Highland Park Increasing Pedestrian Friendliness
Highland Park’s streetscape consultants are recommending the city remove the landscaped median on Central Avenue and widen the sidewalks to allow for outdoor seating and cafe space in a new plan presented this week.
The City of Highland Park hired RATIO Architects in 2015 to create the streetscaping and signage plan for the Central Business District to guide future spending decisions. The city also asked for design concepts to make the covered, pedestrian walkway on Central Avenue less costly to maintain, while preserving the iconic steel arch over the railroad tracks.
The arch and walkway, known locally as the Pedestrian Arcade, were constructed in the early 1980s during a major downtown overhaul that coincided with the opening of Port Clinton Square.
RATIO Architects offered several options for eliminating the skylights and modifying the roof to improve water runoff. In one set of drawings, the covered walkway would be reconstructed in the design style found in the Interpretive Center at the Park District of Highland Park’s Rosewood Beach.
By removing the median on Central Avenue east of St. Johns Avenue, the city would create a more consistent thoroughfare and free up city right-of-way for enlarging the public areas on each side of the street, according to RATIO Architects. Under the firm’s recommendations, the wider sidewalks would be further enlarged with “bump outs” at key intersections, which would reduce the distance pedestrians must walk when crossing Central Avenue in traffic, the architects noted. Sidewalk “bump outs” currently exist on Central Avenue at the corners of First Street and Second Street.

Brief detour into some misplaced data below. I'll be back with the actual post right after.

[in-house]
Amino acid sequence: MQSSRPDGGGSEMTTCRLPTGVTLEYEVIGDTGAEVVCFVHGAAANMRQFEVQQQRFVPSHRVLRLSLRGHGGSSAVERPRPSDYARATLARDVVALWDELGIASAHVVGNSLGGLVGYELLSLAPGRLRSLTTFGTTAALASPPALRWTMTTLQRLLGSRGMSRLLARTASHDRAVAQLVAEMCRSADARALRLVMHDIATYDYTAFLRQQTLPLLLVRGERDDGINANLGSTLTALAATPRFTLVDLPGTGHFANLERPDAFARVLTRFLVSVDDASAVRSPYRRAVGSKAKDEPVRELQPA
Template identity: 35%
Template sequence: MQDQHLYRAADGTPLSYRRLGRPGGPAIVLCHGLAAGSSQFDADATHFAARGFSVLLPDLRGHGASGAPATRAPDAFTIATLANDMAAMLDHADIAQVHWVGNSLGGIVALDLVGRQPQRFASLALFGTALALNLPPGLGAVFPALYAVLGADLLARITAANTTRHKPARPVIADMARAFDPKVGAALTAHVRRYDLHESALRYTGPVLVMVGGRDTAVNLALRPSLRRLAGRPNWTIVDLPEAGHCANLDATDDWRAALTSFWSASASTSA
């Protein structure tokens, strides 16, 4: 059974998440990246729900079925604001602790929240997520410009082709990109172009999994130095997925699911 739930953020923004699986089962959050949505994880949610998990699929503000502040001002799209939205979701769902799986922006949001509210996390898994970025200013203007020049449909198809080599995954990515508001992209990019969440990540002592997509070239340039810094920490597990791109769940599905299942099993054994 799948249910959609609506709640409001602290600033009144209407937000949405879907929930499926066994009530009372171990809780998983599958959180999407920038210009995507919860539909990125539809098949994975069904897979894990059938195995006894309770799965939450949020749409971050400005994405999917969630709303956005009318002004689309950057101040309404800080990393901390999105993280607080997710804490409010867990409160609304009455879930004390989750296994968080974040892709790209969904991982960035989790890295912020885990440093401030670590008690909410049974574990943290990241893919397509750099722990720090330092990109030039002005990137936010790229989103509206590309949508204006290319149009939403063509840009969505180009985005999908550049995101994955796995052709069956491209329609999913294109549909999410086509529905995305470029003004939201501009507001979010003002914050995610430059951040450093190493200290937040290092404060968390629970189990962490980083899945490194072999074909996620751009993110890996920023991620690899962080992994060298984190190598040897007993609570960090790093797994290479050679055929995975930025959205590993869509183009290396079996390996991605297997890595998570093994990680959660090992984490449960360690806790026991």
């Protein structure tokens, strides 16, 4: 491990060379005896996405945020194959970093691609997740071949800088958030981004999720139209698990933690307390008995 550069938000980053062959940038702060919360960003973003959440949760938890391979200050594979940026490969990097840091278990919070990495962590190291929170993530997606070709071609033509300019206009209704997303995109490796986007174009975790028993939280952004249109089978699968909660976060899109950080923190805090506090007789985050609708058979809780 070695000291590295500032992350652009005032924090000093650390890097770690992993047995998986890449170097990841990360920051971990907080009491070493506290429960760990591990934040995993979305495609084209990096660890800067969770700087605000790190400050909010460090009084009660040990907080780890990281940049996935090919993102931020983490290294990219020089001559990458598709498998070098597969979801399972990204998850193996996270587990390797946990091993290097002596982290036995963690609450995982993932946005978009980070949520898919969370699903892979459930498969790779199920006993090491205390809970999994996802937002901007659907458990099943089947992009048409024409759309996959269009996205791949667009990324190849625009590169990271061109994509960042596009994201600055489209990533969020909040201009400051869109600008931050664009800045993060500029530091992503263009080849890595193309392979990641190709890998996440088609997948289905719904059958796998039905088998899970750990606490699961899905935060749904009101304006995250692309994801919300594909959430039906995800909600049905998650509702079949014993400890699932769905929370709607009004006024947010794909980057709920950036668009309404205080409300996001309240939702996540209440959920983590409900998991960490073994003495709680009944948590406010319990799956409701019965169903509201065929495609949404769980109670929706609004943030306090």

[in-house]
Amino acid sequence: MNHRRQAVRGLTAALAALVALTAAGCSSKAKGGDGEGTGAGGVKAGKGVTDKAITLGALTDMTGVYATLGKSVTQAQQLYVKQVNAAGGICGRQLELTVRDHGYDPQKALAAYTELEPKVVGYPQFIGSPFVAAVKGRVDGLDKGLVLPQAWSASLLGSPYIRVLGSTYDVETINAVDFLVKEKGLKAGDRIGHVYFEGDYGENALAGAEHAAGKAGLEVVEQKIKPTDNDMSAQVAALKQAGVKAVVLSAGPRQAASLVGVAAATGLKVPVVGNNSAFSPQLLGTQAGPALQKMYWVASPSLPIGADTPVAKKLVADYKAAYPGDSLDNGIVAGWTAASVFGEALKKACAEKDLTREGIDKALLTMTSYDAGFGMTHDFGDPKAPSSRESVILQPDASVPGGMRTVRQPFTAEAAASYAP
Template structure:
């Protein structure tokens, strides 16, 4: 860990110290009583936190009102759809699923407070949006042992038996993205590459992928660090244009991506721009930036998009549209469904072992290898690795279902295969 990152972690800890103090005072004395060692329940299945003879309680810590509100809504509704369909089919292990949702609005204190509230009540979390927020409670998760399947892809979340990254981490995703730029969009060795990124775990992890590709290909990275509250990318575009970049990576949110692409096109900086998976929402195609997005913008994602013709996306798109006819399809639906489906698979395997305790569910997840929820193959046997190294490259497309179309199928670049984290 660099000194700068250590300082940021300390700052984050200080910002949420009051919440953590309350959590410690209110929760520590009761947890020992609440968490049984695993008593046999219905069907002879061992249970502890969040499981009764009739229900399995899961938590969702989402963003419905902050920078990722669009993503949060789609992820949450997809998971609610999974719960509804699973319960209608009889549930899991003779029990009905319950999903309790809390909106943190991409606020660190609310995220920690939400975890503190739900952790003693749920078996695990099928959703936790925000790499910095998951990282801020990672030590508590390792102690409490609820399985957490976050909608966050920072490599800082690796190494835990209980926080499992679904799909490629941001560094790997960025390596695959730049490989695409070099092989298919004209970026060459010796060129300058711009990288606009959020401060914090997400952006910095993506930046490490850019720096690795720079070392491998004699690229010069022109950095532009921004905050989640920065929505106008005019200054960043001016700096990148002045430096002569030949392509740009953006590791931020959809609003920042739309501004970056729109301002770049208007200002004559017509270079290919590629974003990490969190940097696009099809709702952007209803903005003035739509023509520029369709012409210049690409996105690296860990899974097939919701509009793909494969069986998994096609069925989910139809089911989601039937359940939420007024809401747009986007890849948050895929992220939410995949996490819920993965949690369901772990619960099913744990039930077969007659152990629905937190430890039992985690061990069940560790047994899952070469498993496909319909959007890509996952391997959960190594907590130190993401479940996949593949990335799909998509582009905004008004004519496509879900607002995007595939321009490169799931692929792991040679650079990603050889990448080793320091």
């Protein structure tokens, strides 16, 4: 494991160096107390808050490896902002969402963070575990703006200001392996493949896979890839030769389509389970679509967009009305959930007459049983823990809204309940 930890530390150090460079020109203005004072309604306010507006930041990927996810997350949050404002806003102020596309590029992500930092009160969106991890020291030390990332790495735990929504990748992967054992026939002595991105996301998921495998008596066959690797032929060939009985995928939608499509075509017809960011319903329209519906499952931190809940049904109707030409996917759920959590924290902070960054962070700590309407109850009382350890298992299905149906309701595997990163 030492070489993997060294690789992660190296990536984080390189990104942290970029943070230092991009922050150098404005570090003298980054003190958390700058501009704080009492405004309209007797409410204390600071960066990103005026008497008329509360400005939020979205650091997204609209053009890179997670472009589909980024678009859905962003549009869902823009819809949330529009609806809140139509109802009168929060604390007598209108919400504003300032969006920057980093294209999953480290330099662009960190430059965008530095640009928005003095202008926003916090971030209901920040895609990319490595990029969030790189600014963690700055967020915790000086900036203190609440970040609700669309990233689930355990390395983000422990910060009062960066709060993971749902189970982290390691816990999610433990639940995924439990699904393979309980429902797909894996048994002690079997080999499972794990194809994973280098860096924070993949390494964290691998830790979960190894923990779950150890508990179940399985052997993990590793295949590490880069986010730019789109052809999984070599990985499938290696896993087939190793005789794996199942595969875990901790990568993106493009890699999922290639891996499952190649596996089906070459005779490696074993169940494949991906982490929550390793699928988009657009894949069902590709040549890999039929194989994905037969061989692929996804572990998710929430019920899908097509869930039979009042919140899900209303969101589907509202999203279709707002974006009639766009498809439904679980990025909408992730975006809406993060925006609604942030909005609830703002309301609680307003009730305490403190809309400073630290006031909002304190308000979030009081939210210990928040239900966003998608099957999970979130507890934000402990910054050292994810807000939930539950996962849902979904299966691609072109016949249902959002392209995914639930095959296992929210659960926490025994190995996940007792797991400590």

RATIO Architects presented their concepts to city council members recently, though the recommendations had already been reviewed by city department heads, focus groups, and the Plan and Design Commission, as well people who attended an April open house.
The architects are also recommending wider sidewalks on Second Street north of Central Avenue, which they say could be achieved by changing from diagonal to parallel street parking on the east side of Second Street at a loss of nine parking spaces.
Another recommendation calls for raising the pavement at pedestrian crosswalks to inform drivers that they’re crossing into pedestrians’ space. However, the proposal for what traffic managers refer to as “speed tables” was not supported by the city’s fire, police, and public works departments.
Other recommendations include new benches, chairs, tables, drinking fountains, and trash receptacles. Monument gateway signs would be installed at key entry points to downtown, including the triangle where Central Avenue and Deerfield Road diverge east of Route 41. Directional signs would point visitors to the places they wish to go.
The architects did not include projected cost estimates in their public presentation Monday, but city officials have said the improvements would require a significant city investment and would likely take place over time. A separate city-commissioned study by Stuart K. Jacobson & Associates in 2013 pegged the costs of rehabilitating the structure and replacing the skylights at $827,000.